Custom-built Lexan “graduated cylinders” were constructed within inserts that fit within buckets of the SW-32Ti rotor (Fig. 1). These inserts were used to accurately measure the volume of a packed mitochondria sample, obtained by loading a solution of isolated mitochondria and spinning the sample for 1 h at 9,000 rpm (10,000g). The supernatant was decanted and the volume of the packed sample was measured using this apparatus. This volume (Vpel) was assumed to be composed of the volume of the mitochondria plus the volume of excluded water: \( {\text{(}}V_{{{\text{pel}}}} {\text{ = }}V_{{{\text{mito}}}} {\text{ + }}V_{{{\text{H}}_{{\text{2}}} {\text{O}}}} {\text{)}} \). To determine the ratio \( V_{{{\text{H}}_{{\text{2}}} {\text{O}}}} {\text{/}}V_{{{\text{pel}}}} \), a 1.00-mL stock solution of radioactively labeled sucrose (American Radiolabeled Chemicals, 625 mCi/mmol), prepared in SH buffer (with Cstock* in counts per minute per milliliter given in Table 1 for each experiment), was added to the pellet and the pellet was resuspended. The inserts were spun by centrifugation as described above, the supernatant was removed, the volume (Vsup1) was determined using a gastight syringe (Hamilton), and the concentration of radioactivity (Cstock*) was determined by scintillation counting (Beckman 5000SL). Assuming that none of the sucrose entered the mitochondria, the excluded water will also have a concentration of radioactivity given by Cstock*. The conservation of matter suggests that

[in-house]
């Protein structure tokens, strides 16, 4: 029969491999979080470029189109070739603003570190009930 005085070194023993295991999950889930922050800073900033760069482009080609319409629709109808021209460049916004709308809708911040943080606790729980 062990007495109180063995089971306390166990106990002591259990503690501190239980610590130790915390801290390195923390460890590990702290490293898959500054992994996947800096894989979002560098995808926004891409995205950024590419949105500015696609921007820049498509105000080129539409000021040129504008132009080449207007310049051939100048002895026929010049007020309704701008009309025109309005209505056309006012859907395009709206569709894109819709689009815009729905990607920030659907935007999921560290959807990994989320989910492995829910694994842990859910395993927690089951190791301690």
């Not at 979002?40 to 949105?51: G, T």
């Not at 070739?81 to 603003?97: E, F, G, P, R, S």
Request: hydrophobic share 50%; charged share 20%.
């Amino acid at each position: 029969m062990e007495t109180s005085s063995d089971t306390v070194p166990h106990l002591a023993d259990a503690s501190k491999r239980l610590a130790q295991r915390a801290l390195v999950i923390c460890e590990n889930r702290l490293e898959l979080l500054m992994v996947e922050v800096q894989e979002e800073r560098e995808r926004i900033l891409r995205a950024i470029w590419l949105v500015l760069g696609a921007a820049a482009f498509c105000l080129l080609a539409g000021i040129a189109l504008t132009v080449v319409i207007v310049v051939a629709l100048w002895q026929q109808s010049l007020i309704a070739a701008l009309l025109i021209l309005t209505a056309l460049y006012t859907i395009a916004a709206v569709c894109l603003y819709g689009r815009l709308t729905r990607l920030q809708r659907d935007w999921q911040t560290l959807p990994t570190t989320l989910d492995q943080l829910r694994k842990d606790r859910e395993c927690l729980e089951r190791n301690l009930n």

$$ C_{{{\text{stock}}}} ^{*} V_{{{\text{stock}}}} = C_{{{\text{sup1}}}} ^{*} V_{{{\text{sup1}}}} + C_{{{\text{sup1}}}} ^{*} V_{{{\text{H}}_{{\text{2}}} {\text{O}}_{{\text{1}}} }} . $$
This equation was solved for \( V_{{{\text{H}}_{{\text{2}}} {\text{O}}_{{\text{1}}} }} \). The resulting pellet was found to have essentially the same volume as the original pellet. This pellet, containing radioactively labeled sucrose in the external volume, was resuspended with a solution of nonradioactively labeled sucrose, and the other steps of the same process were repeated. In this case, the resulting concentration of radioactivity in the supernatant fraction was called Csup2* and the corresponding conservation of matter relationship becomes
$$ C_{{{\text{sup1}}}} ^{*} \cdot V_{{{\text{H}}_{{\text{2}}} {\text{O}}_{{\text{2}}} }} = C_{{{\text{sup2}}}} ^{*} \cdot V_{{{\text{sup2}}}} + C_{{{\text{sup2}}}} ^{*} \cdot V_{{{\text{H}}_{{\text{2}}} {\text{O}}_{{\text{2}}} }} . $$
This equation was solved for \( V_{{{\text{H}}_{{\text{2}}} {\text{O}}_{{\text{2}}} }}\). The average of the two values for \( V_{{{\text{H}}_{{\text{2}}} {\text{O}}}} \) was divided by Vpel, affording the fraction of the pellet volume due to excluded water.
Fig. 1

Graduated cylinder used to measure the volume of packed mitochondria samples

Table 1

Determination of excluded buffer in packed mitochondria samples

Cstock* (cpm/mL)

Vstock (mL)

Csup1* (cpm/mL)

Vsup1 (mL)

\( V_{{{\text{H}}_{{\text{2}}} {\text{O}}_{{\text{1}}} }} \) (mL)

Csup2* (cpm/mL)

Vsup2 (mL)

\( V_{{{\text{H}}_{{\text{2}}} {\text{O}}_{{\text{2}}} }} \) (mL)

Vpel (mL)

Average % H2O In Vpel

23,830

1.00

20,960

1.00

0.14

2,091

0.98

0.11

0.71

17

37,750

1.00

35,940

1.00

0.05

3,210

0.98

0.10

0.40

18

49,440

1.00

45,150

0.99

0.11

8,220

1.00

0.22

0.82

20

251,260

1.00

238,640

0.98

0.07

52,510

1.00

0.28

0.52

34

58,880

1.00

51,010

1.01

0.14

7,920

0.99

0.18

0.63

26

58,880

1.00

44,580

1.12

0.20

4,120

0.99

0.10

0.92

16

58,880

1.50

47,660

1.49

0.37

14,800

0.97

0.44

1.40

29

Results

Characterization of intact mitochondria